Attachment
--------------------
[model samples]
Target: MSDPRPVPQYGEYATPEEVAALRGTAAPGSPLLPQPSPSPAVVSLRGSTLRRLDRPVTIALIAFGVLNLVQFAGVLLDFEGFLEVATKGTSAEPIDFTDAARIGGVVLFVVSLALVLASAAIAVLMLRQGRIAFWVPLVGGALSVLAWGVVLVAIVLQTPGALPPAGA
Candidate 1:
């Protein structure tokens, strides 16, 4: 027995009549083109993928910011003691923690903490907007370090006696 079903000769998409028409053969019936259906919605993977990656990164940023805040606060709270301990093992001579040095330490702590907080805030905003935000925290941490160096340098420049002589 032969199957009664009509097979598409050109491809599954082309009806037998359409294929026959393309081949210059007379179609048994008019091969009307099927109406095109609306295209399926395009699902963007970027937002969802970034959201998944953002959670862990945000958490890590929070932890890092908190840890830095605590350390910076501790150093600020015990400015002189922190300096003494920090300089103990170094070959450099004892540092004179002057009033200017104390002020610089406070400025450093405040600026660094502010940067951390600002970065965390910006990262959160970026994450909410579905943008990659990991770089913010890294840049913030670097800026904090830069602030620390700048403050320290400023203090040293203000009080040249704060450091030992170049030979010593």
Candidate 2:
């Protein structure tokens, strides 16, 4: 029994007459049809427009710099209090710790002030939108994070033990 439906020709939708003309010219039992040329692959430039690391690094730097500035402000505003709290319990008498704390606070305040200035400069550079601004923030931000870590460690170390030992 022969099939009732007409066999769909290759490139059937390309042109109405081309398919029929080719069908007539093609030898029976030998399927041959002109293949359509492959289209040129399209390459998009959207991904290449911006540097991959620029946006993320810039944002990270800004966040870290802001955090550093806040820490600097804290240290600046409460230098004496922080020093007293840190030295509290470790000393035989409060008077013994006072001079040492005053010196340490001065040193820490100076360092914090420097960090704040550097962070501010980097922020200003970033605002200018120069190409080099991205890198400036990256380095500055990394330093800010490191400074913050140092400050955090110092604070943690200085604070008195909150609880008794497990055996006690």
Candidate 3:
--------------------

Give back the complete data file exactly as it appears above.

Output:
[model samples]
Target: MSDPRPVPQYGEYATPEEVAALRGTAAPGSPLLPQPSPSPAVVSLRGSTLRRLDRPVTIALIAFGVLNLVQFAGVLLDFEGFLEVATKGTSAEPIDFTDAARIGGVVLFVVSLALVLASAAIAVLMLRQGRIAFWVPLVGGALSVLAWGVVLVAIVLQTPGALPPAGA
Candidate 1:
């Protein structure tokens, strides 16, 4: 027995009549083109993928910011003691923690903490907007370090006696 079903000769998409028409053969019936259906919605993977990656990164940023805040606060709270301990093992001579040095330490702590907080805030905003935000925290941490160096340098420049002589 032969199957009664009509097979598409050109491809599954082309009806037998359409294929026959393309081949210059007379179609048994008019091969009307099927109406095109609306295209399926395009699902963007970027937002969802970034959201998944953002959670862990945000958490890590929070932890890092908190840890830095605590350390910076501790150093600020015990400015002189922190300096003494920090300089103990170094070959450099004892540092004179002057009033200017104390002020610089406070400025450093405040600026660094502010940067951390600002970065965390910006990262959160970026994450909410579905943008990659990991770089913010890294840049913030670097800026904090830069602030620390700048403050320290400023203090040293203000009080040249704060450091030992170049030979010593």
Candidate 2:
């Protein structure tokens, strides 16, 4: 029994007459049809427009710099209090710790002030939108994070033990 439906020709939708003309010219039992040329692959430039690391690094730097500035402000505003709290319990008498704390606070305040200035400069550079601004923030931000870590460690170390030992 022969099939009732007409066999769909290759490139059937390309042109109405081309398919029929080719069908007539093609030898029976030998399927041959002109293949359509492959289209040129399209390459998009959207991904290449911006540097991959620029946006993320810039944002990270800004966040870290802001955090550093806040820490600097804290240290600046409460230098004496922080020093007293840190030295509290470790000393035989409060008077013994006072001079040492005053010196340490001065040193820490100076360092914090420097960090704040550097962070501010980097922020200003970033605002200018120069190409080099991205890198400036990256380095500055990394330093800010490191400074913050140092400050955090110092604070943690200085604070008195909150609880008794497990055996006690």
Candidate 3: